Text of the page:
Outrage over Lush ad campaign as cosmetics firm claims police are ‘paid to lie’

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A cosmetics company has sparked outrage over an ad campaign that claims police have been “paid to lie”.

Lush said it was raising awareness of what it calls the “ongoing undercover policing scandal”.

In a provocative press release, it claims undercover officers have “infiltrated the lives, homes and beds of activists”.

The Poole-based firm said its campaign, controversially called SpyCops, “aims to highlight the current lack of progress of the Undercover Policing Inquiry and the granting of anonymity to key police witnesses”.

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One of Lush’s shop windows since the campaign was launched

The chain’s shop windows have been decorated with police tape, saying: “Police have crossed the line.”

A split image of a man, one half with a police helmet on, another without the helmet, has the tagline “paid to lie”.

Activists have been “spied on for taking a stand”, a video released by the company claims.

The campaign has sparked a negative reaction on social media, with more than 30 complaints submitted to the Advertising Standards Authority (ASA).

The ASA said it would not be taking action as the campaign was outside its remit.

John Duncan tweeted that the campaign was “misguided at best, nasty at worst”.

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Lush has called its campaign SpyCops

Lush had shown “terrible judgment”, Tom Sleigh said.

An inquiry into undercover policing was launched in 2015.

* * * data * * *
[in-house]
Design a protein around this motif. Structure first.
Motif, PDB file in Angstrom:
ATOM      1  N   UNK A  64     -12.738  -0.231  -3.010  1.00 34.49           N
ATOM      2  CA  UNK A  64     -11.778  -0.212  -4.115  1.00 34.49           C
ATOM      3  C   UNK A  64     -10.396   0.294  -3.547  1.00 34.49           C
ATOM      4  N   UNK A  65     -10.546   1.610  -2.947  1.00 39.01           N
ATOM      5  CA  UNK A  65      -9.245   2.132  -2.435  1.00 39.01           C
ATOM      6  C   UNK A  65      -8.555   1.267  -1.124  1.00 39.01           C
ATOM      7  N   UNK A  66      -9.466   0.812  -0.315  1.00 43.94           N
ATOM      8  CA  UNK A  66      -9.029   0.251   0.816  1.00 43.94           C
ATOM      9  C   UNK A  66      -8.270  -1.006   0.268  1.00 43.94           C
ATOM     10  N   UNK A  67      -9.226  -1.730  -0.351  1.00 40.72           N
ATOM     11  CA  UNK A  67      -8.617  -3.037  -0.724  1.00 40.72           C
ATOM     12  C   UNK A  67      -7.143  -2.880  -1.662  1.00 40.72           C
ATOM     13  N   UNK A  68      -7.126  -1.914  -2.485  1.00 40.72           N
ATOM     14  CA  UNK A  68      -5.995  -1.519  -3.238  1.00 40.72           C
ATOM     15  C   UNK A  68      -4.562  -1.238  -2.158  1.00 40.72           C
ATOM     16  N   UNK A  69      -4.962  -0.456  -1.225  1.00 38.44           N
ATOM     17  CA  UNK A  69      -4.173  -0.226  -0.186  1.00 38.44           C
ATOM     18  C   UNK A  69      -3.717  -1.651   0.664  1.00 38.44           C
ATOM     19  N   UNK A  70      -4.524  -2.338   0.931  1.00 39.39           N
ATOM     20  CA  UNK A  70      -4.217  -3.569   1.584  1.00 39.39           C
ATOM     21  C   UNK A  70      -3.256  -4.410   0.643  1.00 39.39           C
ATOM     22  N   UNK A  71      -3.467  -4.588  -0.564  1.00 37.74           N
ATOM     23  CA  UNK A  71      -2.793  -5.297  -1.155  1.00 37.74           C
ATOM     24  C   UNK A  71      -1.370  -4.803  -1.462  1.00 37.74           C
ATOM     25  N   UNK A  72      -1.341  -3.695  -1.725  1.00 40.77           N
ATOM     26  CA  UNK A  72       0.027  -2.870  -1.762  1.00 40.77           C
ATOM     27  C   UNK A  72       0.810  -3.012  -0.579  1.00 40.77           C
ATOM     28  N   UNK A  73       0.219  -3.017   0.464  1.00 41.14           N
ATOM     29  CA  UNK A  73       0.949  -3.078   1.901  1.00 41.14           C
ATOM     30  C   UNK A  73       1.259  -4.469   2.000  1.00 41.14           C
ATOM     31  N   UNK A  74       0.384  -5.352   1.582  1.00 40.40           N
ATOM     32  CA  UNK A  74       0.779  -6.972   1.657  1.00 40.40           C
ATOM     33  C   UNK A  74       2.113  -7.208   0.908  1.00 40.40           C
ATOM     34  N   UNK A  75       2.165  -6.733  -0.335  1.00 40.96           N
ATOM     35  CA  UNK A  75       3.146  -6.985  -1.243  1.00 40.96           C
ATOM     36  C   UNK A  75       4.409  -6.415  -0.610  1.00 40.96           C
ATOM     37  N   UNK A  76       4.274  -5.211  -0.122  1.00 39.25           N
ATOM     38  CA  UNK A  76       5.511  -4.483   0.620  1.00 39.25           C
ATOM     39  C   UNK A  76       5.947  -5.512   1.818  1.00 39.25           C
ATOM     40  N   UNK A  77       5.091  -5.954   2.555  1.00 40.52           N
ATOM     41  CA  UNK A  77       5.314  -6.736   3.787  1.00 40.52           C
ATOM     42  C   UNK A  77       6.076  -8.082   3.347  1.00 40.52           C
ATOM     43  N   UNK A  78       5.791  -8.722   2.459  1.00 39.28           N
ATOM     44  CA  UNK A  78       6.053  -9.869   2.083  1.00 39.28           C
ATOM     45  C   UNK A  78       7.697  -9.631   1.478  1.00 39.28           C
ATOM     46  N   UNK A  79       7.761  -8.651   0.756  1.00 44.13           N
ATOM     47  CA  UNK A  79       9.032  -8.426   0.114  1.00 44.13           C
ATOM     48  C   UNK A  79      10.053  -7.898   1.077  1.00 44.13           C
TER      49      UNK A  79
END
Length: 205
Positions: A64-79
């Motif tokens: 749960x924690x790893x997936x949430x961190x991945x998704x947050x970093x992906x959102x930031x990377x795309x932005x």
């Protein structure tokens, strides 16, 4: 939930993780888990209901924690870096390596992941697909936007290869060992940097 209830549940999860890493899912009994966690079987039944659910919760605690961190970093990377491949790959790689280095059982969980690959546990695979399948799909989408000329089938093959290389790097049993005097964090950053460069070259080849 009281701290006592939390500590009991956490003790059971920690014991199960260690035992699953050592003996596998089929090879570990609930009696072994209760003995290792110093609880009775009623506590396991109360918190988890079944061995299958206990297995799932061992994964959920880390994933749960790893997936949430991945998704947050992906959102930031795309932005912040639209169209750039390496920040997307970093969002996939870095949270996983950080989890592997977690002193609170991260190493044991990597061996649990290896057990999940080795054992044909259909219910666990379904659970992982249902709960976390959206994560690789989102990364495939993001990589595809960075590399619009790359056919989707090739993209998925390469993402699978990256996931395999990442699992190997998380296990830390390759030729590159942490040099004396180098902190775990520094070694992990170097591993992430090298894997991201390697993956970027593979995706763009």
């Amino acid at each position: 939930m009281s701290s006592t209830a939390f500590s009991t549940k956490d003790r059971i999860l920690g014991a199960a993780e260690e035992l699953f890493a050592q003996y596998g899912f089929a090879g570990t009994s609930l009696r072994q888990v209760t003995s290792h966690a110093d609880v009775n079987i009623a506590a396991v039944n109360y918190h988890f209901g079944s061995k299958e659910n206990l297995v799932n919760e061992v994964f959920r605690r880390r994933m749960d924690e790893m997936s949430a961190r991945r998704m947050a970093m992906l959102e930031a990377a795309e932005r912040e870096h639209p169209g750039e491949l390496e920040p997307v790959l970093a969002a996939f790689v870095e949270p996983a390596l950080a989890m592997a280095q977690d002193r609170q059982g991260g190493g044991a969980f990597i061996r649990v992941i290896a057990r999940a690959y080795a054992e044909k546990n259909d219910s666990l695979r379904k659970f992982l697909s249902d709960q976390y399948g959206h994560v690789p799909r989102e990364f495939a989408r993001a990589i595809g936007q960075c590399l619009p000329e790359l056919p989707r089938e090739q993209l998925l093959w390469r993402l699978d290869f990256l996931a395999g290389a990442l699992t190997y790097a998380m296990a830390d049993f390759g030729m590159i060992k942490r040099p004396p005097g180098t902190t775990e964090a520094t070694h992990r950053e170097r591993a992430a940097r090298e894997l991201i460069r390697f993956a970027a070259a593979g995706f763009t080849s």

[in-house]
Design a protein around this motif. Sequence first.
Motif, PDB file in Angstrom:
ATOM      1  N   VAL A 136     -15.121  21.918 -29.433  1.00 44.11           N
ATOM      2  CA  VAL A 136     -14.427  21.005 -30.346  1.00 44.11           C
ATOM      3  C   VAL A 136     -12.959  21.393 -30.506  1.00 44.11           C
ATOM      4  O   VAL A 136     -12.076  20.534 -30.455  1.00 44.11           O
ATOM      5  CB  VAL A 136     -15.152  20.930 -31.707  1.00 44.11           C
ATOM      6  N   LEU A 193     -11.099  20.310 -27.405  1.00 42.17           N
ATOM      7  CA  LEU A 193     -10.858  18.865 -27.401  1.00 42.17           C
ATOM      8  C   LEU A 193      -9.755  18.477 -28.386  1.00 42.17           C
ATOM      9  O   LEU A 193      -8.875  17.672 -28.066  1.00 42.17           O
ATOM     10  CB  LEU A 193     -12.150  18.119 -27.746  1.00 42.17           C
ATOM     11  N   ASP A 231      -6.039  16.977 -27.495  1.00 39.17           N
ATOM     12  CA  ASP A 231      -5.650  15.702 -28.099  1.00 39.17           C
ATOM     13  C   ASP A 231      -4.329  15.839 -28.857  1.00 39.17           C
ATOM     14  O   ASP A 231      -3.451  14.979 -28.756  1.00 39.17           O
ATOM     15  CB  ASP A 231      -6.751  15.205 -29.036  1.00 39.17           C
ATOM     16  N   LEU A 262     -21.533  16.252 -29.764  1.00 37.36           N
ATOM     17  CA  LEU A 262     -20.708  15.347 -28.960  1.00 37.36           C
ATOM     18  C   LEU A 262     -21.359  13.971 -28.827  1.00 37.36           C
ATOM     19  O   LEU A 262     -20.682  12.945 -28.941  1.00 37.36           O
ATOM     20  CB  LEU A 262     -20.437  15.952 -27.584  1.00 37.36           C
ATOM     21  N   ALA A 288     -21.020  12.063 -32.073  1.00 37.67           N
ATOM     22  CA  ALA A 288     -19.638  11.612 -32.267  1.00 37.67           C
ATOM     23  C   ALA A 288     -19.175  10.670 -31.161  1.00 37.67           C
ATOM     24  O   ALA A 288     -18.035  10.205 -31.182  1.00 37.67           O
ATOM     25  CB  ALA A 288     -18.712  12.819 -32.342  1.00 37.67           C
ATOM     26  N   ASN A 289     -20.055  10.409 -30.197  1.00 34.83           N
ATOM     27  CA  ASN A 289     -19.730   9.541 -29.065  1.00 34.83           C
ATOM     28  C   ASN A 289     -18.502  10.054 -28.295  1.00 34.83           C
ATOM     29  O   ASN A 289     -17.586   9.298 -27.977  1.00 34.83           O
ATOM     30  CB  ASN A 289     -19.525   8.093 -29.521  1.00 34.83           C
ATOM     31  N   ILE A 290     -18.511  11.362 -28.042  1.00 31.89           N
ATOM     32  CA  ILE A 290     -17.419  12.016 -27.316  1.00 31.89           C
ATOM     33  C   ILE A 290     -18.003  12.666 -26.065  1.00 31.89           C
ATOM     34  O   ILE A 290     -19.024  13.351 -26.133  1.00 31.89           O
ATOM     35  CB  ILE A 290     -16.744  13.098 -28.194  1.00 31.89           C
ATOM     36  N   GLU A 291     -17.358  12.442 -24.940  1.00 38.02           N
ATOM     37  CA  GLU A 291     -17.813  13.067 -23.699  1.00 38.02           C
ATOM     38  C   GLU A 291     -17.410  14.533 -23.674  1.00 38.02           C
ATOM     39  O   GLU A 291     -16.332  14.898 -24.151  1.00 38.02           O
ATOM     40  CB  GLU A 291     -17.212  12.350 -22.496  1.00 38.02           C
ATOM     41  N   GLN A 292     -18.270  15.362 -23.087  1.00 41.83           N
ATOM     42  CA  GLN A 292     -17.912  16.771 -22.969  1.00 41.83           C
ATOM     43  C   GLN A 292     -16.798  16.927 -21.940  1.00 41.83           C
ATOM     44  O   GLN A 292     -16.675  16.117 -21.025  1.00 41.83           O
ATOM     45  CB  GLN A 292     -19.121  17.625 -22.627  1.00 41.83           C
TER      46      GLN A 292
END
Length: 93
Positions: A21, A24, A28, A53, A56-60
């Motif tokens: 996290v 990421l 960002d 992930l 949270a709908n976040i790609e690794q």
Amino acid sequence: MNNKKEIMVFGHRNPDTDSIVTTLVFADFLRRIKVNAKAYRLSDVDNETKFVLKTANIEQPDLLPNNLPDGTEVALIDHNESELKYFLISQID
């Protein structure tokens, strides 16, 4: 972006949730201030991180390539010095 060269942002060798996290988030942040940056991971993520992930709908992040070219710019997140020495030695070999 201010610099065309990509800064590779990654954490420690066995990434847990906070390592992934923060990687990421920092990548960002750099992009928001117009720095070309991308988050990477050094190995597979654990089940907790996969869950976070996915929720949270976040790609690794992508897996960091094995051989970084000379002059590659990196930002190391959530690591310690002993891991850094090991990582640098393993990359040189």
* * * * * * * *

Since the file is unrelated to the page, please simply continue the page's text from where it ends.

It is looking at the work of the Special Demonstration Squad, the National Public Order Intelligence Unit and police forces across England and Wales.

It is expected to begin hearing evidence next year, and will continue to do so for around two years.

The year before the inquiry began, a report found that 17 families were spied on by undercover police officers who operated unchecked and by their own rules.

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Lush has written an article to accompany its campaign

It has been claimed that undercover police officers working for the Metropolitan Police assumed the identities of dead children and were issued fake passports in their names.

Responding to Lush’s campaign, the inquiry said it was “wholly independent of the police and has the authority to investigate any aspect of undercover policing, from 1968 to the present day”.

It added that while its work would be “rigorous and objective”, there would be times when it was not possible to hear evidence in public, in cases where “to do so would give rise to a risk of harm to an individual”.

Lush said it was not running an “anti-state/anti-police campaign”.

“This campaign is not about the real police work done by those frontline officers who support the public every day,” it added.

“This public inquiry needs help from the public to keep it on track and ensure that this one opportunity for full honesty and disclosure is not lost or squandered.”

Pressure group Police Spies Out of Lives, which worked with Lush on the campaign, said it was “flabbergasted that people think we are talking about all police officers”.

It added: “We are talking about the undercover police officers… the picture used is a model, and it is meant to signify the two-faced nature of these officers.”



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